Bishops Give Pastoral View of Dominican Republic

Prepare Voters for May Elections

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SANTO DOMINGO, Dominican Republic, MARCH 1, 2010 ( Marking Dominican Independence Day, the island’s bishops are giving a pastoral viewpoint to the problems and possibilities facing the Republic.

For the Feb. 27 anniversary of independence, the prelates addressed a message to the faithful called «From Closeness to Our People.»

The bishops noted that the country has 11 dioceses, a military ordinariate and 584 parishes. Its 9.6 million people are 95% Catholic.

Global economics

The bishops wrote of the global recession, saying it is the fruit of a series of bad decisions.
«We must not forget» that «when things are not done well and remedies are not given in time, the evil is aggravated and a moment arrives when it bursts, causing unsuspected evils,» they said.

The prelates pointed to Benedict XVI’s «Caritas in Veritate» as a source of solutions, saying it has «incisive pronouncements that merit being reflected upon by us, Dominicans.»

Regarding the budget in their home nation, the bishops contended there is a «notable lack of prioritization,» and they affirmed that education should always have «absolute priority.»

Problems related to electric energy are the greatest failure on the island, the prelates suggested, urging the government and business to «spare no efforts in seeking a definitive solution to such a serious problem.» The Dominican Republic endures frequent blackouts and the electric energy sector needs to be reformed in order to facilitate the development of the island’s economy.

Life’s grandeur

The bishops also lamented that «life has lost its grandeur and inviolability» for many Dominicans. «Distressing is the growing number of persons who die violently to even scores, or because of gender violence, internal problems in the world of drugs, imprudence on the highways and avenues, and the presence among us of hired assassins and even suicides.»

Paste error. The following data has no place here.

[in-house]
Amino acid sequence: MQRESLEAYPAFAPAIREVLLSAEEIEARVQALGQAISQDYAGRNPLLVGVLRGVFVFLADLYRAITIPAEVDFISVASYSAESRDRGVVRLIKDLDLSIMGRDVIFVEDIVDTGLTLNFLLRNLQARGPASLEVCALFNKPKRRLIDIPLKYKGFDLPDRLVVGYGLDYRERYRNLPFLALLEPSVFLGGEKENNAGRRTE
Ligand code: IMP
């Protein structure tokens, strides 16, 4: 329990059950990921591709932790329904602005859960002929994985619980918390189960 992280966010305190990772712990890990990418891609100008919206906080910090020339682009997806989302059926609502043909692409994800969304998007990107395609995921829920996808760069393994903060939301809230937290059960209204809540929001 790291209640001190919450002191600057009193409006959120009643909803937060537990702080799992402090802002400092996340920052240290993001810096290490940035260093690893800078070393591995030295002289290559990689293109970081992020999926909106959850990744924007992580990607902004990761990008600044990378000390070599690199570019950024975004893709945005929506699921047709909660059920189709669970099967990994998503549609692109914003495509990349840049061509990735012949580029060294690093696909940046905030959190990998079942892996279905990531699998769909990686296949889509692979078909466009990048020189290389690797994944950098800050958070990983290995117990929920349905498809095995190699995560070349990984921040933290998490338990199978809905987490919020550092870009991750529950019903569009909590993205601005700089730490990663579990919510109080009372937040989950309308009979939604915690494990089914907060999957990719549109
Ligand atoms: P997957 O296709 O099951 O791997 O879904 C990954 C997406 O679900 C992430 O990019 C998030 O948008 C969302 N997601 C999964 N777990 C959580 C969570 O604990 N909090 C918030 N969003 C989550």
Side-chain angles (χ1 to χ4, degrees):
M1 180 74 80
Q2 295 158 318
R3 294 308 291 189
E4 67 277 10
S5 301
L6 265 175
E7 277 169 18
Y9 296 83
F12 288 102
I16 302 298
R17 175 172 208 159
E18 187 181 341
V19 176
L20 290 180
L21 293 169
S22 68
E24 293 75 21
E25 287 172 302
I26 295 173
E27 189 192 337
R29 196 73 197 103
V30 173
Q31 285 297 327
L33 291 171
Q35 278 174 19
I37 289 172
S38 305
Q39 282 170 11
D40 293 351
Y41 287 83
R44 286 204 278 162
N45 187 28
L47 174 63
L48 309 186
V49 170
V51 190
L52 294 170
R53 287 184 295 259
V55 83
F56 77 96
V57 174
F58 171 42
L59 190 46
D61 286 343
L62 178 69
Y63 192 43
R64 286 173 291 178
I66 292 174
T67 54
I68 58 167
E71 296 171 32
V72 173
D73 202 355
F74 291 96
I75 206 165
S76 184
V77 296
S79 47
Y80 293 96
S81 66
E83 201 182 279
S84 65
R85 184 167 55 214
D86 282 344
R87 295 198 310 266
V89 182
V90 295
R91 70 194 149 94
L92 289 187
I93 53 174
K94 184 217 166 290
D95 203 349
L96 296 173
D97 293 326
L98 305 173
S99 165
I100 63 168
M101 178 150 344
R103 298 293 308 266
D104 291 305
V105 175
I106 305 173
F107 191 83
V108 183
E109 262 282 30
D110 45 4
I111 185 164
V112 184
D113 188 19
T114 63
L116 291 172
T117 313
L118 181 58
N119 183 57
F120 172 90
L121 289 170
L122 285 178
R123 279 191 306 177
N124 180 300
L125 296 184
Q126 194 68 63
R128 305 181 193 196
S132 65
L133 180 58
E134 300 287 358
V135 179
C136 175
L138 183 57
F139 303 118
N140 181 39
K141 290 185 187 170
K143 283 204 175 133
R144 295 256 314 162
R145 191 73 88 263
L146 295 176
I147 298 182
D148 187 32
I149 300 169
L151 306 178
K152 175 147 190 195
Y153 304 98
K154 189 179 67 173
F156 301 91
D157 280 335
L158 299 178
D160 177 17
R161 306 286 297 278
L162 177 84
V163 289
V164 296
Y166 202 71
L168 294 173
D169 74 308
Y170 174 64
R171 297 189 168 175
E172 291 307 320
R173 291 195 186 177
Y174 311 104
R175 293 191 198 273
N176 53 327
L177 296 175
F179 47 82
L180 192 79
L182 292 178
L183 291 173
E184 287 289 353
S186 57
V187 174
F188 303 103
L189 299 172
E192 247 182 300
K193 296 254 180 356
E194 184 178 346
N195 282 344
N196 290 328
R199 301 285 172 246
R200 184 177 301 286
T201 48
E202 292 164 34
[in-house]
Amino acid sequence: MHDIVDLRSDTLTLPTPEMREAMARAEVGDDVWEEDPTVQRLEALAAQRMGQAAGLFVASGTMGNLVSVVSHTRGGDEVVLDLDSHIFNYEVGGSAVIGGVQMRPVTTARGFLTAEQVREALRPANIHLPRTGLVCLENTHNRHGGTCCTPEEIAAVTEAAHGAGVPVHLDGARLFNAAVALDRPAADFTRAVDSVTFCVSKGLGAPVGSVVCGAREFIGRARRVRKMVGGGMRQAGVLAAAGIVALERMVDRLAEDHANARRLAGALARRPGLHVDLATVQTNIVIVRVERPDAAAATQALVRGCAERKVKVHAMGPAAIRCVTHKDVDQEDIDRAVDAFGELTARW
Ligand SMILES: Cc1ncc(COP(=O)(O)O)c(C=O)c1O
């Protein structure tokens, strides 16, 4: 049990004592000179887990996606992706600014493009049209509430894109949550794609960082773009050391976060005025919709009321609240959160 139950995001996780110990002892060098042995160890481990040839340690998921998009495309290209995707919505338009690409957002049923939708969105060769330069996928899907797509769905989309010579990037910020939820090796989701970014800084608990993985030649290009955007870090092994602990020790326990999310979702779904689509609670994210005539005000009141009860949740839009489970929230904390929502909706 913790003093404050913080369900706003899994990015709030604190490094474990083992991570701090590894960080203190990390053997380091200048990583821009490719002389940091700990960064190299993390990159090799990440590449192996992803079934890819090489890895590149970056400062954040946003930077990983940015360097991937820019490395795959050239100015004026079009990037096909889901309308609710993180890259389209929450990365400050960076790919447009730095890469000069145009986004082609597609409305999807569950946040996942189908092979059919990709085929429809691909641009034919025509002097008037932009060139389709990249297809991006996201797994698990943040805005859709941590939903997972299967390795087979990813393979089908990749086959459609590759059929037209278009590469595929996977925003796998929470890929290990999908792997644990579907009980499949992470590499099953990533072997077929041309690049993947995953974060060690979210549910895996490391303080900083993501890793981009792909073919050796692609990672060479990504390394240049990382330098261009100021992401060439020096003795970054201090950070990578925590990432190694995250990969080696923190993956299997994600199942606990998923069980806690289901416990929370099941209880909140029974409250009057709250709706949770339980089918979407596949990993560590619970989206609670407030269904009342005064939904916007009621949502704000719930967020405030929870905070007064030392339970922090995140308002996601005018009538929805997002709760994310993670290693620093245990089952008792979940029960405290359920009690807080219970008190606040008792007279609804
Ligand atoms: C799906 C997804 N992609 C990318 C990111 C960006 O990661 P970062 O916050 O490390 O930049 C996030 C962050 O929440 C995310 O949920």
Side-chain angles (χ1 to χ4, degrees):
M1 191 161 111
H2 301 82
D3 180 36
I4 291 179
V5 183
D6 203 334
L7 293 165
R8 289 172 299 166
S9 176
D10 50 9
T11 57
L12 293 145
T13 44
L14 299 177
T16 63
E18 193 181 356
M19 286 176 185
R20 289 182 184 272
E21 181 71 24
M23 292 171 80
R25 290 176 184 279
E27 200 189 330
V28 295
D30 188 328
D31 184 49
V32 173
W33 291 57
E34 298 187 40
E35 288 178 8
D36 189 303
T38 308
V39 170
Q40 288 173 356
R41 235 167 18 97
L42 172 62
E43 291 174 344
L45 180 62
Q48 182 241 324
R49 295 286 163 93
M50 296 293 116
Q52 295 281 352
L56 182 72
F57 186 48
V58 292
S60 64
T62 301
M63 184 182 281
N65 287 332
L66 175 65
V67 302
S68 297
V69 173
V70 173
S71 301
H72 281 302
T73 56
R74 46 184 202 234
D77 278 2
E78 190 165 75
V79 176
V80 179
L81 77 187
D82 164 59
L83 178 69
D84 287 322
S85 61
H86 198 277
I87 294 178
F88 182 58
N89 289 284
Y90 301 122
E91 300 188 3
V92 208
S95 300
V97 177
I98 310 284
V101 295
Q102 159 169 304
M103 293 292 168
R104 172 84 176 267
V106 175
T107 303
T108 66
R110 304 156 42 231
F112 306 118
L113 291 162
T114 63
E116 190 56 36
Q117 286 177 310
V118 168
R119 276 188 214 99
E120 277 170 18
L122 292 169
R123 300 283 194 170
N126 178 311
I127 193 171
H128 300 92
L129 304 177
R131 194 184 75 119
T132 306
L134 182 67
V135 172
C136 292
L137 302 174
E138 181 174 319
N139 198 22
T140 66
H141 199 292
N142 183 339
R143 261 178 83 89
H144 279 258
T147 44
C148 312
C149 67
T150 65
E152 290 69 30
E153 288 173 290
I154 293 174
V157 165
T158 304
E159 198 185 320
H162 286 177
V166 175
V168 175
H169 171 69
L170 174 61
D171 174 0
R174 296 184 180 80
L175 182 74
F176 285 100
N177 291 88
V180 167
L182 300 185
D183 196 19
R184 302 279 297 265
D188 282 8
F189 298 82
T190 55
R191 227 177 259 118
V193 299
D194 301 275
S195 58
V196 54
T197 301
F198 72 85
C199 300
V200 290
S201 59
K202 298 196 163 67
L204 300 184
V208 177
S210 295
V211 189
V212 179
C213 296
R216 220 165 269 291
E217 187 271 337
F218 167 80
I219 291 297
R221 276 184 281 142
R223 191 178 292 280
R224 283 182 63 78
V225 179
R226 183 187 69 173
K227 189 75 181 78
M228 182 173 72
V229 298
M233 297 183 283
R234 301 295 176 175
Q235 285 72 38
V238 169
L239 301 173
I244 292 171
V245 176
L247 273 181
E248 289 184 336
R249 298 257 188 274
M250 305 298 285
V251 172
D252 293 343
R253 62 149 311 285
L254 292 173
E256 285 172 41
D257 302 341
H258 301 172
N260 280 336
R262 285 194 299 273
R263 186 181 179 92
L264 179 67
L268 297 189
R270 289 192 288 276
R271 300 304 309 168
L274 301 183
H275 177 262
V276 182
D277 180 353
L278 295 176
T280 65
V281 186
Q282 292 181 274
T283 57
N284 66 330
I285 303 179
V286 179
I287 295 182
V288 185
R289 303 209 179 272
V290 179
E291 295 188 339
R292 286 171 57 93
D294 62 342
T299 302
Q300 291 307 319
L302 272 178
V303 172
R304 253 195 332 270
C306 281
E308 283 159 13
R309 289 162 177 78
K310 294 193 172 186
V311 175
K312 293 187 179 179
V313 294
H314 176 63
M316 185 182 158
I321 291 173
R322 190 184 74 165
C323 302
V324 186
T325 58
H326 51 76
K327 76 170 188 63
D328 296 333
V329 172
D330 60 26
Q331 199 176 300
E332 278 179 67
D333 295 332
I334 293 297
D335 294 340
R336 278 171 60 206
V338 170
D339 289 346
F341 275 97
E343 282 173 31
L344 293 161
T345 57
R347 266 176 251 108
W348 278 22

Trust in the political system is also waning, the prelates observed, saying many «yearn for more dynamism and speedy and effective action in face of the problems that accost us.»

«Parties and politicians,» they recommended, must recover and «live the dignity of their job.»

Problems, they stated, «do not resolve themselves. Their remedy calls for the action of everyone.»


The Dominican prelates called on the government to improve living conditions.

Poverty on the island is marked by a notable difference between rich and poor: The poorest 50% of the population receives less than 20% of gross domestic product; the richest 10%, meanwhile, enjoys nearly 40% of GDP.

Regarding agriculture, the bishops called for «better planning and greater investment by the government,» also in regard to «the quality of life of the man who works the land.»


As the Dominican Republic is hard-hit by the economic crisis, it would be «folly to carry out a costly, expensive campaign» for the upcoming elections, the bishops said. «It must be austere.»

Elections to the Senate and House of Representatives are scheduled for May. «And it must not be forgotten that citizens are disgusted by promises and the discrediting of some vis-à-vis others. The society calls for a serene, respectful and dignified campaign,» the prelates affirmed.

They called voters to «act according to a right conscience, selecting the most ideal candidates and those they consider can best serve the common good and the homeland and, above all, to appreciate those who in the course of their public life have demonstrated greater consistency with ethical principles and moral values.»

Finally, the prelates urged solidarity with Haiti, which shares the island with the Dominican Republic and which was devastated by an earthquake in January.

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